Josef Hoffmann chairs

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Josef Hoffmann chairs

Postby davidheim1 » Sun Jan 13, 2019 1:41 pm

josef hoffman 811 chair.png
Been working on this model off and on for a few days. It's the No. 811 chair by Josef Hoffmann, a very influential Viennese designer from the Arts & Crafts period. He designed this chair in 1930. The original, made in beech by Thonet, is still in production.
The hardest part of the model was creating a curved face for the cane seatback. For some reason, I couldn't get any of my lofting plugins to work, so I had to stitch the face together by hand.
Enjoy.
dh
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Re: Josef Hoffmann chairs

Postby Dave R » Sun Jan 13, 2019 4:32 pm

Very nice. I like.

When I'm working on curved surfaces like the back on that chair, I find the various lofting extensions do a better job if I split it down the middle and only loft half. Then copy and flip. You want to make sure that the shape doesn't leave a sharp ridge at the center line, though.
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Re: Josef Hoffmann chairs

Postby tuna1957 » Sun Jan 13, 2019 6:30 pm

Bravo ! :thumb:
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Re: Josef Hoffmann chairs

Postby davidheim1 » Sun Jan 13, 2019 8:54 pm

Good advice, Dave. Thanks. And thanks for the compliment, tuna.
Best,
dh
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Re: Josef Hoffmann chairs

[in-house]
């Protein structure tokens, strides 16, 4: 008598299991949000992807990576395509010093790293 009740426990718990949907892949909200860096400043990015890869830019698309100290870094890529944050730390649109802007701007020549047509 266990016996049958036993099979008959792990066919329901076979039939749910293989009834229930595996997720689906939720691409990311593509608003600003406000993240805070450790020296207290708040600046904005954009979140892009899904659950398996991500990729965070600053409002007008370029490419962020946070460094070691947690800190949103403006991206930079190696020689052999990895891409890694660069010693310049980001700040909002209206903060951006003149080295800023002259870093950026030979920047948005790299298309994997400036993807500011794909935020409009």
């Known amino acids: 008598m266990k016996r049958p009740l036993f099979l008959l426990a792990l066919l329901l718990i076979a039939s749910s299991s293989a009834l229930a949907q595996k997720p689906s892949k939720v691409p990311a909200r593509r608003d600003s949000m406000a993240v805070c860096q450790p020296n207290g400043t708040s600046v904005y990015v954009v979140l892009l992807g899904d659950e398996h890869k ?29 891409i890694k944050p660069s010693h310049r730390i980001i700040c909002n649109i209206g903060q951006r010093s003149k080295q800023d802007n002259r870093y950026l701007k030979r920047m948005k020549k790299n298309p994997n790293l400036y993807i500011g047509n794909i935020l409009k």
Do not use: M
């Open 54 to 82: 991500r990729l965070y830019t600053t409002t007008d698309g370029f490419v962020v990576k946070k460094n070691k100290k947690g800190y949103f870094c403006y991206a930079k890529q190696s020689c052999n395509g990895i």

Postby CJRyan » Mon Jan 14, 2019 4:37 am

Very nice! Very clean. I'm going to go out on a limb here, I assume the caning is a texture?
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Re: Josef Hoffmann chairs

Postby davidheim1 » Mon Jan 14, 2019 9:23 pm

Thanks, cj.
Yes, the caning is a texture. A technique I picked up from Dave Richards (who will correct me if I get something wrong). Here's the basic idea: Find an image of a cane seat that you like and save it as a .png file. This allows you to make the background transparent. Save one little section of the image. In an image editing program like Photoshop, remove the background. Now you can import the image into SketchUp as a texture. Position the texture as needed so the cane fills the space and looks to be the correct size.
Best,
dh
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Re: Josef Hoffmann chairs

Postby Dave R » Mon Jan 14, 2019 9:43 pm

I did that on another Josef Hoffman piece. ;)

I like the color of your caning better, though.
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